All three bills under consideration would legalize fantasy sports, tax it and set up oversight by the Illinois Gaming Board, which also oversees casinos and video machines at bars and restaurants. Two of the bills also would legalize internet gaming, like playing poker online, but only for websites operated by companies that own Illinois casinos.
Including internet games was a move designed to bring on board casino operators, who view fantasy sports as competition but have long wanted to break into the online gambling space.
“There was controversy last year as to why are we regulating daily fantasy sports activity, which is ongoing in the state, and not regulating internet gaming, which is also occurring,” said Sen. Kwame Raoul, a Chicago Democrat who is sponsoring one of the bills. “So what this bill attempts to do is also regulate and bring licensure and supervision of internet gaming under the jurisdiction of the Gaming Board. And it would limit the operation of internet gaming to existing casinos.”
The internet gaming provision has been pushed hard by Rush Street Interactive, an online gaming business affiliated with the Rivers Casino in Des Plaines, whose owner is Neil Bluhm, a Chicago real estate and gambling executive. Bluhm has given more than $500,000 in campaign contributions to lawmakers from both parties over the past 20 years, records show.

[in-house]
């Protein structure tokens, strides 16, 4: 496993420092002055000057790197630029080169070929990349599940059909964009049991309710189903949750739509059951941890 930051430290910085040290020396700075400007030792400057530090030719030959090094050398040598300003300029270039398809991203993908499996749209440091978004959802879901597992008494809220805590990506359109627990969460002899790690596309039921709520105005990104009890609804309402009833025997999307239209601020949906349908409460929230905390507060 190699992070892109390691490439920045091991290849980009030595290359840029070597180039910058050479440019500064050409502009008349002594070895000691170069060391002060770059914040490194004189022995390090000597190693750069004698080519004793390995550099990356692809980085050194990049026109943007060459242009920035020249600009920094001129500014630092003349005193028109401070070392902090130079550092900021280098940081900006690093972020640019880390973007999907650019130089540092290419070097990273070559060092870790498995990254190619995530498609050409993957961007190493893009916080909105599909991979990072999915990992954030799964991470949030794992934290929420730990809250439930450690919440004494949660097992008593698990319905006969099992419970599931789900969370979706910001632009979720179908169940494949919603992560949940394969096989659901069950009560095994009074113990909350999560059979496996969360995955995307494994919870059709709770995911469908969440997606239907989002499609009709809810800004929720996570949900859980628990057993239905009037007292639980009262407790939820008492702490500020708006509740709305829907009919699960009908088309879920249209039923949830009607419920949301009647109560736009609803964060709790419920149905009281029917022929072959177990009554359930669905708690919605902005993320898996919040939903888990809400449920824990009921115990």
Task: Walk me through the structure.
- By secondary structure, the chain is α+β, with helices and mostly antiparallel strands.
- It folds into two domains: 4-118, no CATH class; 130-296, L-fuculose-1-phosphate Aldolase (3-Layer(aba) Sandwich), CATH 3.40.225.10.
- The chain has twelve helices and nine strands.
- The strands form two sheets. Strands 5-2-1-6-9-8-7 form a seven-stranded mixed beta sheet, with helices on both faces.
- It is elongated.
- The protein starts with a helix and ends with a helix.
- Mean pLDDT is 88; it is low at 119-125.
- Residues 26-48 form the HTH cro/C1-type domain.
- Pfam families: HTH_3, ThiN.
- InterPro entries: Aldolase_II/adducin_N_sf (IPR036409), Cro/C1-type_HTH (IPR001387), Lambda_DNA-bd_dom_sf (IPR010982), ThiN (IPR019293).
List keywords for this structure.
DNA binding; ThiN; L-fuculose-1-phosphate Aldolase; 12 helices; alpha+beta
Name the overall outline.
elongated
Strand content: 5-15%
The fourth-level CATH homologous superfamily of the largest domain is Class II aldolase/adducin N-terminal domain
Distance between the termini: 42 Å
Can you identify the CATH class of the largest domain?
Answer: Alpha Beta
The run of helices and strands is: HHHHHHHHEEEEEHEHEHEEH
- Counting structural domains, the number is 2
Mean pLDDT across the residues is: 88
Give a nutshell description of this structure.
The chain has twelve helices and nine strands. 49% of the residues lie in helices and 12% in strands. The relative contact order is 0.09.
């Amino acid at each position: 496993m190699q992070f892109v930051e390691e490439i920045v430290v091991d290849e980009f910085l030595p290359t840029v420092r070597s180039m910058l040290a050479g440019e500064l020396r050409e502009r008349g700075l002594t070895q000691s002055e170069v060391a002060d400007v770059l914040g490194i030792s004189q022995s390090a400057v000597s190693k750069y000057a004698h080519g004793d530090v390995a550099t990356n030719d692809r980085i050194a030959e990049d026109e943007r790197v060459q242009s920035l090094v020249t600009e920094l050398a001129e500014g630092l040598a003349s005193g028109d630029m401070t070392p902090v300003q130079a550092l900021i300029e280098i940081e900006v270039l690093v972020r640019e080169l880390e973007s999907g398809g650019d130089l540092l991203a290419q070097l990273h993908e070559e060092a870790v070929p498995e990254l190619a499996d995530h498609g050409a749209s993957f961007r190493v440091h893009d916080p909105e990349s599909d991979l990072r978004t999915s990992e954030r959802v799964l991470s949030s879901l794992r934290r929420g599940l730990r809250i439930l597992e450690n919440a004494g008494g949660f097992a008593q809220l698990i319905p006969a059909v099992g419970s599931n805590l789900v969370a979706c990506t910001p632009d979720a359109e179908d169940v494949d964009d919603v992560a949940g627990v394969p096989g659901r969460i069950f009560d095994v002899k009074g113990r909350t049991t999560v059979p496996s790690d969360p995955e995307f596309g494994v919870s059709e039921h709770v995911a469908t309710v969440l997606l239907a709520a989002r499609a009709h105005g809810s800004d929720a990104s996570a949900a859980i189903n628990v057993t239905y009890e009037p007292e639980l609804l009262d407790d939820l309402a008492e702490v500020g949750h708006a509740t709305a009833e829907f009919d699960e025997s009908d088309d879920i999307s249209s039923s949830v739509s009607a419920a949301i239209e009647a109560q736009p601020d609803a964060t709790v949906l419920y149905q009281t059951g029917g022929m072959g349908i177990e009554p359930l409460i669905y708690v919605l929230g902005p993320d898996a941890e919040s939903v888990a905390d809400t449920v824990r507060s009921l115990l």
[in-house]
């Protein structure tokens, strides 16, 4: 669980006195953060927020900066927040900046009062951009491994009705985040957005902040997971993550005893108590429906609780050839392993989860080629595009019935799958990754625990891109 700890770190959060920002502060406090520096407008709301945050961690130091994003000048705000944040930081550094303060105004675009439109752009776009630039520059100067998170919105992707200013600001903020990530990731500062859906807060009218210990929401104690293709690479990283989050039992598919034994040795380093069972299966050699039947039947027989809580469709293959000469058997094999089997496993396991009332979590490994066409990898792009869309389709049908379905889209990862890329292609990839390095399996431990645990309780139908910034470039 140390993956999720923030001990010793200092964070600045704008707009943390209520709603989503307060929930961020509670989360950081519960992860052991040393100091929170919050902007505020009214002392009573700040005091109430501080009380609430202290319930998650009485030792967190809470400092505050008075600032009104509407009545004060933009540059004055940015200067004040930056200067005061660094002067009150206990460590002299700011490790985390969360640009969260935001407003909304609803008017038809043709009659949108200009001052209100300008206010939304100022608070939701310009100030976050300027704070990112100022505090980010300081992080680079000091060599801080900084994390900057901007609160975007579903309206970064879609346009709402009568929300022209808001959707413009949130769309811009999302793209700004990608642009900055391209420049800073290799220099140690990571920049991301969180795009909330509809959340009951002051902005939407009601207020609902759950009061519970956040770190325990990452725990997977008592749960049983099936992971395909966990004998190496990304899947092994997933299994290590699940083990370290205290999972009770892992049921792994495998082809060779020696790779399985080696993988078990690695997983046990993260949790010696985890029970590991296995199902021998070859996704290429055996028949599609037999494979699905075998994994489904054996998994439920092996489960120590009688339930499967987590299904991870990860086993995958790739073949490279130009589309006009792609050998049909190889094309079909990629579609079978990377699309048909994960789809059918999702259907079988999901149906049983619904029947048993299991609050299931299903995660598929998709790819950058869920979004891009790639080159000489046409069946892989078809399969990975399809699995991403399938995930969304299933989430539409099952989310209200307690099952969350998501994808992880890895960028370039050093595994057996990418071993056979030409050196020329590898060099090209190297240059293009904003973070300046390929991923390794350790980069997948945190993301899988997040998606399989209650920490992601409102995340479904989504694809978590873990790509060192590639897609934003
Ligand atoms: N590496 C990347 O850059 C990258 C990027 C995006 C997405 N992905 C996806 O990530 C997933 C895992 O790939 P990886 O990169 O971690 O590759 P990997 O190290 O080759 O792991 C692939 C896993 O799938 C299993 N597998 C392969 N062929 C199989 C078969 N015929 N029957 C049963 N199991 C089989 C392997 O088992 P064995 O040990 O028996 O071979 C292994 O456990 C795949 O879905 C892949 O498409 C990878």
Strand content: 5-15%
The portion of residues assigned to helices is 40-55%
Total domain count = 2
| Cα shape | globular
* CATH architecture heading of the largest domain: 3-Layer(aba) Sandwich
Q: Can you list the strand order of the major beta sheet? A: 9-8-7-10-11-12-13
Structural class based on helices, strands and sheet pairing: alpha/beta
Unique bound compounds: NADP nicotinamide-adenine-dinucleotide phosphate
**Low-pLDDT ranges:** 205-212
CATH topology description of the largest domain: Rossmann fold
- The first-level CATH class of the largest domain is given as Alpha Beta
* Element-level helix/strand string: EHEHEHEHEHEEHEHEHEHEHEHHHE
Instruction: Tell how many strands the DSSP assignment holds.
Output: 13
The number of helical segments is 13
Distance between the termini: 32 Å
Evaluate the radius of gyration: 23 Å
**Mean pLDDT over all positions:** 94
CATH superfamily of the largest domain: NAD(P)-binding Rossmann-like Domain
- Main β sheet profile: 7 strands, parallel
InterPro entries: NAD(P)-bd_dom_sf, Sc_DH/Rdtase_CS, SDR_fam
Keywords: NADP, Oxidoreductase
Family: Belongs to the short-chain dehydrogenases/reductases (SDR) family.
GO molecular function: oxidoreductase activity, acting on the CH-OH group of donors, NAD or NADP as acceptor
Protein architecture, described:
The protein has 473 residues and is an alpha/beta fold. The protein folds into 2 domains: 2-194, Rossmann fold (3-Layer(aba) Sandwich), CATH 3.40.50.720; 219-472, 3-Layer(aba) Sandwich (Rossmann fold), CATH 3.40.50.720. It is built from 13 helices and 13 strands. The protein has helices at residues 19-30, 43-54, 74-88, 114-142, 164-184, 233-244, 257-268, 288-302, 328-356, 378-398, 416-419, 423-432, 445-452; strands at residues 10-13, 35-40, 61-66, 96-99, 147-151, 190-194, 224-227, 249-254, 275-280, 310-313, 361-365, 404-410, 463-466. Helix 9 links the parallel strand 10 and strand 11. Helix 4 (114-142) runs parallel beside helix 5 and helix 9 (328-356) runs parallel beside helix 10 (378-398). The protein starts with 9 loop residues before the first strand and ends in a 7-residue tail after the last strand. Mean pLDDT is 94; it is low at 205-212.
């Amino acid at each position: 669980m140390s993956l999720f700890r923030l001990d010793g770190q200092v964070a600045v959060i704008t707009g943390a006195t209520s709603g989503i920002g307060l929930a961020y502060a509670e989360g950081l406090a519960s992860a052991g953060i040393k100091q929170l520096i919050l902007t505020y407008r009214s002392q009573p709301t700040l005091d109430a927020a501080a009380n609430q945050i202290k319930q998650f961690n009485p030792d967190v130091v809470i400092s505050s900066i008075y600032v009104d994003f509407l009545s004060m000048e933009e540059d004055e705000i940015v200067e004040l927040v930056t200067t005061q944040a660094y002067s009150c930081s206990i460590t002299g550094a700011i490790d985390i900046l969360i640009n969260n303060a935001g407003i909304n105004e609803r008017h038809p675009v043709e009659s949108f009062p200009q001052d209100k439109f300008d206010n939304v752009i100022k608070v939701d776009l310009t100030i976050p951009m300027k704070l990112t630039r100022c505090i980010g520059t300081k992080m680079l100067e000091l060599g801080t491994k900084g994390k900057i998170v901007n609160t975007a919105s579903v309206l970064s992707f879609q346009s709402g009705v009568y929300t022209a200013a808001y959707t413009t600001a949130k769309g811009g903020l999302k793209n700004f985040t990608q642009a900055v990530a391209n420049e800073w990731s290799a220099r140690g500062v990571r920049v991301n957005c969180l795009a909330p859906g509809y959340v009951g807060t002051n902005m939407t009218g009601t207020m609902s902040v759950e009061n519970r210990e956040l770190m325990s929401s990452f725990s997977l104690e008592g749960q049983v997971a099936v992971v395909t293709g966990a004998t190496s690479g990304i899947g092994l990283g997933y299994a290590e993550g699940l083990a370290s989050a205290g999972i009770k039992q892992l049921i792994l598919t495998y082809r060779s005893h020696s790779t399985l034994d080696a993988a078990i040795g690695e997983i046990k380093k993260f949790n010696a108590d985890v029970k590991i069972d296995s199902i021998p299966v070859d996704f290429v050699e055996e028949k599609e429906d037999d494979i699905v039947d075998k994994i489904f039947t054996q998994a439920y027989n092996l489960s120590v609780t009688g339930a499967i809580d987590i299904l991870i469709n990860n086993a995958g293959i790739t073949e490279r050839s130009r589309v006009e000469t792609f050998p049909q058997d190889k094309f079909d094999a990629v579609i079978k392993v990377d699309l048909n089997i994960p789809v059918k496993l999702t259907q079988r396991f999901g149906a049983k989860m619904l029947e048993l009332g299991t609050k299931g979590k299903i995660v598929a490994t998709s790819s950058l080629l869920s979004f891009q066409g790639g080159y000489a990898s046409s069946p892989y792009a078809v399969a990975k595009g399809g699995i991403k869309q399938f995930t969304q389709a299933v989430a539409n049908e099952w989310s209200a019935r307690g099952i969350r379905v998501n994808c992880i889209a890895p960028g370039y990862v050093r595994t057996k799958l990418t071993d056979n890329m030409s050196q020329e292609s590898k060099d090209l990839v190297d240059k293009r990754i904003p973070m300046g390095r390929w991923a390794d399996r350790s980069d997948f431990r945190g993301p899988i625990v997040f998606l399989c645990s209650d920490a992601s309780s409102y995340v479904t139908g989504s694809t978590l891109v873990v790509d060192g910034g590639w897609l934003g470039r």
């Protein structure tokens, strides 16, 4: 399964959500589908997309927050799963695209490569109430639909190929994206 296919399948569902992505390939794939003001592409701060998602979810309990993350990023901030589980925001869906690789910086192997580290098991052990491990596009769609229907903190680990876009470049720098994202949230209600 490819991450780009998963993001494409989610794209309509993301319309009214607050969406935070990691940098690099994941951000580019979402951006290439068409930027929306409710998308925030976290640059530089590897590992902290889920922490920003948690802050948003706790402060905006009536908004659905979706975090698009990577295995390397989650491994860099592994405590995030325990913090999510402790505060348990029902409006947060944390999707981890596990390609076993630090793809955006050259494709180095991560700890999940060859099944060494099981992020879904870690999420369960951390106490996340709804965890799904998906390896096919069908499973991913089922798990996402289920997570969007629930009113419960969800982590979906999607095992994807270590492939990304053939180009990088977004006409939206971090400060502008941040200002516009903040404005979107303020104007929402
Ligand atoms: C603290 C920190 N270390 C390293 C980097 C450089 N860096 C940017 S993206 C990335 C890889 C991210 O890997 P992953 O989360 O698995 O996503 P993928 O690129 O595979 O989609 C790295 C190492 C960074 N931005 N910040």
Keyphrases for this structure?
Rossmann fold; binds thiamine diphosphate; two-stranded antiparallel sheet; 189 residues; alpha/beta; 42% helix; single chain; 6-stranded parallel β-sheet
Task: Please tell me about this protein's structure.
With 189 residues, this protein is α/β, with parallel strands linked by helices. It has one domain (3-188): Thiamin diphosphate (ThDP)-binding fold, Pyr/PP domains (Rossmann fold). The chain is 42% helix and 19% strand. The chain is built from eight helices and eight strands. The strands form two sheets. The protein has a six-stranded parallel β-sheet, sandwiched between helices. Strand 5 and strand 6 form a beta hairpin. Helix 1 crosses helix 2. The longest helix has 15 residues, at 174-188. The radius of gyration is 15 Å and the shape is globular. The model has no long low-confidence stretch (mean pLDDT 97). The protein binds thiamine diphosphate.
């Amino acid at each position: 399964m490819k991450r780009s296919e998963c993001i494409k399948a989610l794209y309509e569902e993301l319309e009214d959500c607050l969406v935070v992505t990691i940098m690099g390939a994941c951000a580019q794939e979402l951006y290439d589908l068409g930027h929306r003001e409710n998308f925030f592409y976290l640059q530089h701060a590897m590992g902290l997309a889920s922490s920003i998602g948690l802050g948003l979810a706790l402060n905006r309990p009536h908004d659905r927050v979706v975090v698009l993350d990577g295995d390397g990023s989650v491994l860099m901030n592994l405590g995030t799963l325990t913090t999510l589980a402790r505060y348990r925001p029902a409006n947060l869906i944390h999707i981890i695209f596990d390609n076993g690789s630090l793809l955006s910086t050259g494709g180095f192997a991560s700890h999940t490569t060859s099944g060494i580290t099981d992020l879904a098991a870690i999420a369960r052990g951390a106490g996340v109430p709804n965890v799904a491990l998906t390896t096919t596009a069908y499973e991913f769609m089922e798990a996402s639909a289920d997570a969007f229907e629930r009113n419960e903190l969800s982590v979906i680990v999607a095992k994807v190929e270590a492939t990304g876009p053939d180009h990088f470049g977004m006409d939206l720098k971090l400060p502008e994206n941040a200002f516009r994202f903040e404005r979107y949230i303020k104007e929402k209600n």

But as the final hours of the spring legislative session ticked away, the rushed nature of the effort was on display in the Senate on Tuesday morning when more than a dozen representatives of the horse racing industry packed into a hearing room to object to the legislation.
Before they had a chance, Raoul announced plans to amend the bill to give racetrack owners the right to obtain an internet gambling license as well. Those from the horse racing industry said they’d be satisfied with the accommodation, which hadn’t been put down on paper before the hearing. Looking to advance the legislation to the Senate floor in time for votes before Wednesday’s adjournment, senators pushed the measure through the committee.
The House Executive Committee hearing room was so crowded with lobbyists and industry representatives last night that it was difficult to move.